Flying Taxi Bought by Air New Zealand; 2026 Commercial Flights

The airline plans to use the electric flying vehicle initially as a cargo service in partnership with New Zealand Post

Chuck Martin, Editorial Director AI & IoT

December 6, 2023

4 Min Read
Beta Technologies ALIA CTOL electric aerial vehicle (EAV) in the air.
Beta Technologies

Air New Zealand is purchasing an electric aerial vehicle (EAV) from Beta Technologies in Burlington, Vermont,

The airline plans to use the electric flying vehicle initially as a cargo service in partnership with New Zealand Post.

“This is a small but important step in a much larger journey for the airline,” said Air New Zealand CEO Greg Foran. “There is a lot of work ahead of us, but we are incredibly committed, and this purchase marks a new chapter for the airline. Decarbonizing aviation isn’t easy, and we have a lot of work to do. We need regulation. While this aircraft will add to, not replace our existing fleet, it is a catalyst for that next generation aircraft from 2030.”

Beta has two versions of its Alia EAV. One is an electric CTOL (conventional takeoff and landing) vehicle, which is planned for service in 2025, and the other is an eVTOL (vertical takeoff and landing) vehicle, planned for service the following year.

Most EAVs are eVTOLs, which do not require traditional runways since they take off and land straight up and down.

Alia Air New Zealand purchased the CTOL version.

“Air New Zealand is hyper-focused on bringing technologies to scale as quickly as possible to the aviation landscape,” said Beta CEO Kyle Clark. “Over the past year plus of partnership, collaboration and diligence, we’ve seen Air New Zealand’s forward innovation. We are gratified by the airline’s confidence in our technology as a solution that will bring the Alia to market for 2026.”

Related:Flying Taxi Company Expanding; $20M Grant from New York

Beta was recently granted $20 million from the state of New York to expand its operations at Plattsburgh International Airport, from the Empire State Development’s Regional Economic and Community Assistance Program.

The new facility is intended to become the manufacturing and final assembly hub for Beta’s EAV and to create a permanent flight test and EAV delivery center, for final flight testing, vehicle painting and customer delivery.

Beta has orders for its flying vehicles from UPS, United Therapeutics, Bristow, LCI, Blade and Helijet, and has contracts with the U.S. Air Force and Army.

Beta recently was approved for a $169 million loan to finance its net-zero final assembly production facility from the Export-Import Bank of the United States (EXIM).

That was part of EXIM’s Make More in America initiative, estimated to support 400 clean energy jobs in Vermont. 

Beta recently opened its manufacturing facility in Vermont for the large-scale production of its electric aircraft.

The 188,500-square-foot facility is located at the Patrick Leahy Burlington International Airport, where Beta plans to build its flying vehicles.

Related:Electric Air Taxi Company Opens Production Facility

Beta’s Alia vertical and conventional takeoff vehicles are targeted for military and commercial use, including for medical, defense and passenger industries.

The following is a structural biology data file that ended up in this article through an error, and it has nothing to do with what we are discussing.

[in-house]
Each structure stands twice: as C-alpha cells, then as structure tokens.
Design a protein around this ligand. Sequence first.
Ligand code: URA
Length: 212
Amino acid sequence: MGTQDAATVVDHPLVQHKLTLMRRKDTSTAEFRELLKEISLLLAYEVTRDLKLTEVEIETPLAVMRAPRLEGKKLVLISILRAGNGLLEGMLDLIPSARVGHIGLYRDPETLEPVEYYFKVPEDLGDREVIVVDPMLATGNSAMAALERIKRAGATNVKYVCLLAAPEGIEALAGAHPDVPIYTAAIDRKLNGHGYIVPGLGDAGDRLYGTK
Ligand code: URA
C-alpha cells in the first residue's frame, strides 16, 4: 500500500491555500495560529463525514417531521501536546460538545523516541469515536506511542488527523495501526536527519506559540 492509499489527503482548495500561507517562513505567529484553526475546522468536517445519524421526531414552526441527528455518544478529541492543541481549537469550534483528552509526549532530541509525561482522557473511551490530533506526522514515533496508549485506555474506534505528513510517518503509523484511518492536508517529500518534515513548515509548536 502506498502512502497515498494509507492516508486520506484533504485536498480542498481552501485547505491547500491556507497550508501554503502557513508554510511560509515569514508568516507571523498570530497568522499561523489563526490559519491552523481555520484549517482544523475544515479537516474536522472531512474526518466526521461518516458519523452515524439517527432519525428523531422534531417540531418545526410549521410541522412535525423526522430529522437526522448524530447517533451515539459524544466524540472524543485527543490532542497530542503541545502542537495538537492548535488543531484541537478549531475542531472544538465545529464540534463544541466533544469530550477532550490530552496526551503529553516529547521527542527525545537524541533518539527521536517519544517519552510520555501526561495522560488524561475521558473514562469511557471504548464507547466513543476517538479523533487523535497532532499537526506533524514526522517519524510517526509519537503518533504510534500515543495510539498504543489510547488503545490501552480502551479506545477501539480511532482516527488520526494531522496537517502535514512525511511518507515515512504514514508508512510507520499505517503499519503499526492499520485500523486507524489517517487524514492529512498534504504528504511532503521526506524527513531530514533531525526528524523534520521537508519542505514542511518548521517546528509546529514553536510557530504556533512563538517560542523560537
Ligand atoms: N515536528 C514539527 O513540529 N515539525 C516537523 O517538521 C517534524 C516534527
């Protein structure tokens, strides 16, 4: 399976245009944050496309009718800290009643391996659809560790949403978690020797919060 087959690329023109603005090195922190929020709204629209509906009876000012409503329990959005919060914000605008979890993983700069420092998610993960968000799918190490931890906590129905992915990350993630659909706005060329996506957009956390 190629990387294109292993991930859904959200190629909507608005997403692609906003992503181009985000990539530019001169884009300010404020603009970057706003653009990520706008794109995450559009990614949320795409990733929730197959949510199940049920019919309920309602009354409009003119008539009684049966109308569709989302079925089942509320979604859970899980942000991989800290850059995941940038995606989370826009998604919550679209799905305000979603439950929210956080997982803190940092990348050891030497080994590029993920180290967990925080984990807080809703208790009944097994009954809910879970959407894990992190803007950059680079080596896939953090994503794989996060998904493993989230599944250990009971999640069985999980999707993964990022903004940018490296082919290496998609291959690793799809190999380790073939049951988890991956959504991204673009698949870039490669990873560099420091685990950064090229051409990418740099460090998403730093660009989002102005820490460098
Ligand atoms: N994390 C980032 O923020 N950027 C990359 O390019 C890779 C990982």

Beta has been developing its electric aerial vehicles with numerous aerospace suppliers including Albany Engineered Composites, Advanced Integration Technology, Garmin, Sensata Technologies, Volz Servis and Solvay.

The company also has locations in Plattsburgh, New York, Washington, D.C., Montreal, Canada, Raleigh, North Carolina and Springfield, Ohio.

Beta has partnered with AFWERX, the innovation arm of the U.S. Air Force that leverages the Air Force Research Laboratory for this program.

Beta also recently installed aircraft electric charging stations at Eglin Air Force Base to service the electric flying vehicles there.

Vertiport facilities to manage the takeoff, landing, charging and maintenance of such vehicles are being established by companies including Volatus Infrastructure and Aeroauto Vertiport Development, which has retail showrooms for flying vehicle sales in Florida.

A Department of Defense research center partnered with Beta starting in 2020 to develop electric aviation in the U.S. military market. Beta received an airworthiness certificate for manned flight from the military, with military test pilots flying the vehicles.

Related:Flying Vehicle Charging Being Added to Air Force Base

The Beta electric charger can charge an electric aircraft in less than an hour, according to the company.

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About the Author(s)

Chuck Martin

Editorial Director AI & IoT

Chuck Martin, author of "Flying Vehicles," New York Times Business Bestselling author and futurist, is Editorial Director at Informa Tech, home of AI Business, IoT World Today and Enter Quantum. Martin has been a leader in emerging digital technologies for more than two decades. He is considered one of the foremost emerging technology experts in the world and his latest book title "Flying Vehicles" (The Emergence of Personal Air Travel, Flying Cars, and Air Taxis) followed "Digital Transformation 3.0" (The New Business-to-Consumer Connections of The Internet of Things).  He hosts a worldwide podcast titled “The Voices of the Internet of Things with Chuck Martin,” where he converses with top executives from the companies driving the adoption of emerging technology.

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